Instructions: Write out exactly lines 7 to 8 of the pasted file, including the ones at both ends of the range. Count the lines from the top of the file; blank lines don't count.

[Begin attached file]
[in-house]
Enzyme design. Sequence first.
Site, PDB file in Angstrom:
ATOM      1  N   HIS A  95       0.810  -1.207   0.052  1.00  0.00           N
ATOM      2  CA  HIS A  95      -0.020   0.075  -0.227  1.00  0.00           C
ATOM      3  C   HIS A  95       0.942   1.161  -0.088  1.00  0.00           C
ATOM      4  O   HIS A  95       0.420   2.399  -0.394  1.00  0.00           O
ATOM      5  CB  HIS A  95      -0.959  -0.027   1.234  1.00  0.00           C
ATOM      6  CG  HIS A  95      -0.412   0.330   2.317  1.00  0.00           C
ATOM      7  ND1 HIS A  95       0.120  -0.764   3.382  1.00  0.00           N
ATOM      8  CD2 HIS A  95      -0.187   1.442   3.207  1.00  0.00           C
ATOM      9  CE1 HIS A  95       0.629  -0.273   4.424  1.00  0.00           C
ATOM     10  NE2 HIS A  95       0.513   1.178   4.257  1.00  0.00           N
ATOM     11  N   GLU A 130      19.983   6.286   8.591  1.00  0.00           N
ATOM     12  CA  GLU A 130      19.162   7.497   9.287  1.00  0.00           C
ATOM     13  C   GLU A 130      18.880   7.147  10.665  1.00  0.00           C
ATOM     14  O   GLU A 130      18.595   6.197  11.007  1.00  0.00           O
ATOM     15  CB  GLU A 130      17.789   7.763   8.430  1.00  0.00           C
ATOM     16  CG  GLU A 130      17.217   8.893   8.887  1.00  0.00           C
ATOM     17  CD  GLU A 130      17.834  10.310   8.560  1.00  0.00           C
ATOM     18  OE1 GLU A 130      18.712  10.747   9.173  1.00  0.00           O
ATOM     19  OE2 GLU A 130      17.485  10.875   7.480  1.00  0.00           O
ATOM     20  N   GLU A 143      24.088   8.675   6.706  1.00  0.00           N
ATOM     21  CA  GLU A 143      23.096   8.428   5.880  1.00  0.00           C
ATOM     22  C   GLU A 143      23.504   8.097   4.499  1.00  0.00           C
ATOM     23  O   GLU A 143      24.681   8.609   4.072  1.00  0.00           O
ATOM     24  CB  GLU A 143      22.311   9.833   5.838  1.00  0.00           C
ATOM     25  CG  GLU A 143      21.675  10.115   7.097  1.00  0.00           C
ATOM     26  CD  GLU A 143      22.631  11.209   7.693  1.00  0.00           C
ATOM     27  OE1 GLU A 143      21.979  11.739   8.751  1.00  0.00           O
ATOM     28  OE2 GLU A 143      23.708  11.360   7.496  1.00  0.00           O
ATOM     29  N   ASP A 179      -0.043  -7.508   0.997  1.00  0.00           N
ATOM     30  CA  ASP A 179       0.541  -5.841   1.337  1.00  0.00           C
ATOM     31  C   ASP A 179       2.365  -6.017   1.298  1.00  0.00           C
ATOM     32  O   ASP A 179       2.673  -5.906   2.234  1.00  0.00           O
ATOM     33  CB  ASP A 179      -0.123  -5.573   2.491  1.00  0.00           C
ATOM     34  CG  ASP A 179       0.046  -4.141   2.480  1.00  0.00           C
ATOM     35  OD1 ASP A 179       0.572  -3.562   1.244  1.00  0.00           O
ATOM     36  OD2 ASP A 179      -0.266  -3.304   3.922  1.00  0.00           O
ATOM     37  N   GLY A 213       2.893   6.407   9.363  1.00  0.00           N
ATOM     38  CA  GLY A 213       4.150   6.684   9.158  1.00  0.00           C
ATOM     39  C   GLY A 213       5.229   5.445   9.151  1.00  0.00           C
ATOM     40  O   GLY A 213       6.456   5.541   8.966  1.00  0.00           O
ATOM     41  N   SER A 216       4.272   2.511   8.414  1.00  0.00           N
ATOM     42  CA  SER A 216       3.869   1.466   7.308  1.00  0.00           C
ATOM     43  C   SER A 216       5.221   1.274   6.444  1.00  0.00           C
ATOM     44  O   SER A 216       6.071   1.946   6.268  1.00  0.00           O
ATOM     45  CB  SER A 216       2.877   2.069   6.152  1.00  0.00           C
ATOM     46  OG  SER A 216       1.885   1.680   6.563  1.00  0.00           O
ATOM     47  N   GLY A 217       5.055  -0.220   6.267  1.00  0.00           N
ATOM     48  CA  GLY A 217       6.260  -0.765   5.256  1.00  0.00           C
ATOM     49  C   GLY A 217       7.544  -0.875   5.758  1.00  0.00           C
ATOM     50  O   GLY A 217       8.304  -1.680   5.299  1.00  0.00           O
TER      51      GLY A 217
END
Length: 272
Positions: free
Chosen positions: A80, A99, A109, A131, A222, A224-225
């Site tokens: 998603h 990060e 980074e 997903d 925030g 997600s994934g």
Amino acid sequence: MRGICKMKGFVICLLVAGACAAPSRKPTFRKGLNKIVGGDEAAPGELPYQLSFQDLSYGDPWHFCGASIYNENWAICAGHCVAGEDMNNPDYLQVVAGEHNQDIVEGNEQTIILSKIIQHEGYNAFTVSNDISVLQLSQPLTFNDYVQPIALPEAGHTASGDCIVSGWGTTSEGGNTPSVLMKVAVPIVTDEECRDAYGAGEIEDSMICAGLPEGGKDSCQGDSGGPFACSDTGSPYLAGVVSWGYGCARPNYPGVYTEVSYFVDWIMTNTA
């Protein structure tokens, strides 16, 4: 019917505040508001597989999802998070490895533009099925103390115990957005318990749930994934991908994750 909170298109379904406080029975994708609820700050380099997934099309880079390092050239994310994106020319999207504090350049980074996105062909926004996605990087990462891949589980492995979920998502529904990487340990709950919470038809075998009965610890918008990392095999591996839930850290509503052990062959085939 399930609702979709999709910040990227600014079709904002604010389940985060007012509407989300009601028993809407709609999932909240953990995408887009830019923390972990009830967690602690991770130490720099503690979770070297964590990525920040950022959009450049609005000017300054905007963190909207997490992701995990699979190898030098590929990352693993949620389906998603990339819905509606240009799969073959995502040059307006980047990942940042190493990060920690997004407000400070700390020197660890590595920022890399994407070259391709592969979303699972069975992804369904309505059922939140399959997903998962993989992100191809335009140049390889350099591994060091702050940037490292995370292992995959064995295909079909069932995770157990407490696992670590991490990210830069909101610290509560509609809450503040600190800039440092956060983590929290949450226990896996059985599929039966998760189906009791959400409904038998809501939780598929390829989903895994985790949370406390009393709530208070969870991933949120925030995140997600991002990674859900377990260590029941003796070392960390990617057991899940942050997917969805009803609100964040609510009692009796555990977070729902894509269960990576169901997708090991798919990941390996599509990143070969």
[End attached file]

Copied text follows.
ATOM      4  O   HIS A  95       0.420   2.399  -0.394  1.00  0.00           O
ATOM      5  CB  HIS A  95      -0.959  -0.027   1.234  1.00  0.00           C